Several organizations in New York City are now suing the Call of Duty publisher.
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Several groups in New York City have come together to file a lawsuit against Activision Blizzard. The group says that current Activision Blizzard CEO Bobby Kotick and the board of directors sped through the deal with Microsoft in order to "escape liability for their egregious breaches of fiduciary duty."

The initial report by Axios says that this alleged breach of duty may have harmed Activision Blizzard's valuation in their negotiations and deal with Microsoft.

The lawsuit was first filed in Delaware on April 26 by members of New York City Employees' Retirement System, as well as groups involved with the pension funds for New York City's teachers, police, and firefighters. The groups own stock in Activision Blizzard and feel management's actions have hurt the value of the company.

It also says Microsoft’s $95/share offer undervalues the company, which was trading at close to that before Activision’s public scandals began last summer.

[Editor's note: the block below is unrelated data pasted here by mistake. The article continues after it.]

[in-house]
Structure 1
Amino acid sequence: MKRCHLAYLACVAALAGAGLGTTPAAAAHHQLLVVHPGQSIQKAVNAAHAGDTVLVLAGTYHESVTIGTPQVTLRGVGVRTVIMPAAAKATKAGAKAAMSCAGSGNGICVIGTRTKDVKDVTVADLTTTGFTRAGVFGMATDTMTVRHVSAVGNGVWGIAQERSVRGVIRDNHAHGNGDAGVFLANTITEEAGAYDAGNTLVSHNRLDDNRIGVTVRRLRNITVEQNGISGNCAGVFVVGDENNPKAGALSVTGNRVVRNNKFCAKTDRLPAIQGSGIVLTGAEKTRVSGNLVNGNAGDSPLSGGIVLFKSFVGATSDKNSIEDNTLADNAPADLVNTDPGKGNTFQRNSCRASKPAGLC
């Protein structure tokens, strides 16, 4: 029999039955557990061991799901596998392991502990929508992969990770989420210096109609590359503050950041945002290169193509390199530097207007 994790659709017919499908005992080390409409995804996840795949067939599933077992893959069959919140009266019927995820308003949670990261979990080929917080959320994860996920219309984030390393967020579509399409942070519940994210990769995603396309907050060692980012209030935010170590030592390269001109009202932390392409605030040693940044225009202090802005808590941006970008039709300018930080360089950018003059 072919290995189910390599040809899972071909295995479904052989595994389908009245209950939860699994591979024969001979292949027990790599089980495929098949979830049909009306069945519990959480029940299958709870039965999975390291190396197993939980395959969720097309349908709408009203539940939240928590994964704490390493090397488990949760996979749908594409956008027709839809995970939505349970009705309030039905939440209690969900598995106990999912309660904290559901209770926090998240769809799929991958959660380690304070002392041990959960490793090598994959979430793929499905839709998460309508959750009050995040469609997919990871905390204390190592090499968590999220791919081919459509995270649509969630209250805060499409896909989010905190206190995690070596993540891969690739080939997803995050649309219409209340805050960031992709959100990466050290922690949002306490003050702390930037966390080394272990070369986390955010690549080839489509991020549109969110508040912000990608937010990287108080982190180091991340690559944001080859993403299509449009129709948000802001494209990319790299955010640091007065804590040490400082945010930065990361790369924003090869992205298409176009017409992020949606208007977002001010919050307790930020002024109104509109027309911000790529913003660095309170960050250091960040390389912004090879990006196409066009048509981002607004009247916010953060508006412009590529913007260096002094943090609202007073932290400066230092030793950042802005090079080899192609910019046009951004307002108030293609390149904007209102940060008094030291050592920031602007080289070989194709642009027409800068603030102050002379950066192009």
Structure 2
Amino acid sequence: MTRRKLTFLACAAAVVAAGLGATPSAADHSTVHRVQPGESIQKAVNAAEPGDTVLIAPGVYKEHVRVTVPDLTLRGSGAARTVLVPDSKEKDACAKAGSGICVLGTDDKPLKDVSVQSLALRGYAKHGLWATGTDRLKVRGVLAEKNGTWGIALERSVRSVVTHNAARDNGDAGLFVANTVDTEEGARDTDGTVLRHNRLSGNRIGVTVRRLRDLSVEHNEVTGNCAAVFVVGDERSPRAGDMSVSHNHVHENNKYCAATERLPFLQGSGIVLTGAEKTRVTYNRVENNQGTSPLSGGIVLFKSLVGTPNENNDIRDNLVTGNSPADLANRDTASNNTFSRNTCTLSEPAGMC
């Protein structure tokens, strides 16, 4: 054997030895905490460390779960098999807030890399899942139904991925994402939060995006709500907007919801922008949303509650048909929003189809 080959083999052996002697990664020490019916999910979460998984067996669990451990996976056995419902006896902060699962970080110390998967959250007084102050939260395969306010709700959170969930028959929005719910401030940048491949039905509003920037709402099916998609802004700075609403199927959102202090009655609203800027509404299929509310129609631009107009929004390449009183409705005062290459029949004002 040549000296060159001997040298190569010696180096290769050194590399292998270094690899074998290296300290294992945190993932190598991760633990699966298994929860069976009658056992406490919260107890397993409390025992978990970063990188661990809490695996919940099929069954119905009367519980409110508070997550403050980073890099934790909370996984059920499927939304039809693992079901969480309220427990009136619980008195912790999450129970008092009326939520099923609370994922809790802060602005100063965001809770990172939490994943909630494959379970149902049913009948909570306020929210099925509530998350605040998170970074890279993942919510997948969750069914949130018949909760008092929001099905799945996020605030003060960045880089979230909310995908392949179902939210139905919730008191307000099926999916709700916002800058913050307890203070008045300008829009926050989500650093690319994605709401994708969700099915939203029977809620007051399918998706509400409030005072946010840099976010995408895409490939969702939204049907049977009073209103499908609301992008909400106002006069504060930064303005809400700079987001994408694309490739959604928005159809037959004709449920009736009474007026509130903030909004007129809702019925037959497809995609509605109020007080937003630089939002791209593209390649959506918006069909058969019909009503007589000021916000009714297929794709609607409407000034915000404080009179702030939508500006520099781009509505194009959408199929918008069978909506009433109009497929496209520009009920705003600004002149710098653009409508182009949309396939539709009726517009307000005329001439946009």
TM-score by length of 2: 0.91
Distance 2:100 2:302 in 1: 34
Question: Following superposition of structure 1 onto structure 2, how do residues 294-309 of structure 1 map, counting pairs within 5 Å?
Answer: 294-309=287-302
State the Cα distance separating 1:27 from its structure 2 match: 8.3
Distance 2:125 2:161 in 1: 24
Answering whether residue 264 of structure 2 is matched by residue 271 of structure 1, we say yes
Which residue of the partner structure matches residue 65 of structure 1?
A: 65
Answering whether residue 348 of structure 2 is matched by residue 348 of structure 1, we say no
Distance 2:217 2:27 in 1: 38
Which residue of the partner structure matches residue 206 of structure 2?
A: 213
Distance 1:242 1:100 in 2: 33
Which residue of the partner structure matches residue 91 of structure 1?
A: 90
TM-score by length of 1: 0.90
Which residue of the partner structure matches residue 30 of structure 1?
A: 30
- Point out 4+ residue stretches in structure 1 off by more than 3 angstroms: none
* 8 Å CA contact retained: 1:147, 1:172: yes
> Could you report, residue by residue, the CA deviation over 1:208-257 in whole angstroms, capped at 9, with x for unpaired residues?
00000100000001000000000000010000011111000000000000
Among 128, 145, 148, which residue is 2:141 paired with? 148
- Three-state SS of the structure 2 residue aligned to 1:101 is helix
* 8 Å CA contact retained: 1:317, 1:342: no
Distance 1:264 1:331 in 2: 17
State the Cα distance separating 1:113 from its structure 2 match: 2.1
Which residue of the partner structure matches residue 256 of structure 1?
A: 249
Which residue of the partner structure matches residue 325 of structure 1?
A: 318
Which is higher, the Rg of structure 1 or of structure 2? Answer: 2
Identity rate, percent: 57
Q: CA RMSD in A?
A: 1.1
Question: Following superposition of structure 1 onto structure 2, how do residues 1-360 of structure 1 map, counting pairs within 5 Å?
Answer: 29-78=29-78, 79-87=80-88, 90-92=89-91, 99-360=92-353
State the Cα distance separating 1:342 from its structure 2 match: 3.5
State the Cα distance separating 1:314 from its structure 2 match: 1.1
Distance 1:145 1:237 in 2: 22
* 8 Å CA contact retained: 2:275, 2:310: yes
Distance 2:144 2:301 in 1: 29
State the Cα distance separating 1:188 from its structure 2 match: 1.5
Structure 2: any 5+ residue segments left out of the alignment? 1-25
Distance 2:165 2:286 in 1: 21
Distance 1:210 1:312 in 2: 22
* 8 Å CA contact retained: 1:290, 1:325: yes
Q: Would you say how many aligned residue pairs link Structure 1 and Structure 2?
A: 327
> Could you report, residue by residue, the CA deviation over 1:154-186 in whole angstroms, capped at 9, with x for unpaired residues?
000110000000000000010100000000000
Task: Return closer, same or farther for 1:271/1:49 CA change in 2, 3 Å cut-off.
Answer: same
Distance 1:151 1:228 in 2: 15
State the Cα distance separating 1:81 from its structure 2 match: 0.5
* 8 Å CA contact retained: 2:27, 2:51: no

The collective that has filed the lawsuit are seeking a right to inspect various records kept by Activision Blizzard to see if they did anything wrong during this acquisition process by Microsoft. This same group had also requested to inspect various aspects of Activision Blizzard back in October 2021 following the reports of sexual harassment and discrimination at Activision Blizzard. Activision Blizzard, at the time, complied with some of the requests made by the group, but not all of them.

Plaintiffs in the current lawsuit say that they feel Bobby Kotick "was unfit to negotiate a sale of the company." They say that this is due to "Kotick's personal responsibility and liability for Activision's broken workplace."

Activision Blizzard did issue a brief statement in response to this new lawsuit.

We disagree with the allegations made in this complaint and look forward to presenting our arguments to the Court.
The report by Axios concludes with a list of the lawsuits and investigations being carried out against Activision Blizzard since last summer.

  • 1 federal harassment suit (settled, though facing appeals)
  • 1 discrimination suit from California
  • 1 purported class action suit
  • 4 shareholder lawsuits (consolidated to two)
  • 8 lawsuits over the Microsoft merger (four voluntarily dismissed)
  • 2 “220 complaints,” including the one from NYC
  • Plus: An SEC investigation and insider trading inquiries from the SEC and Department of Justice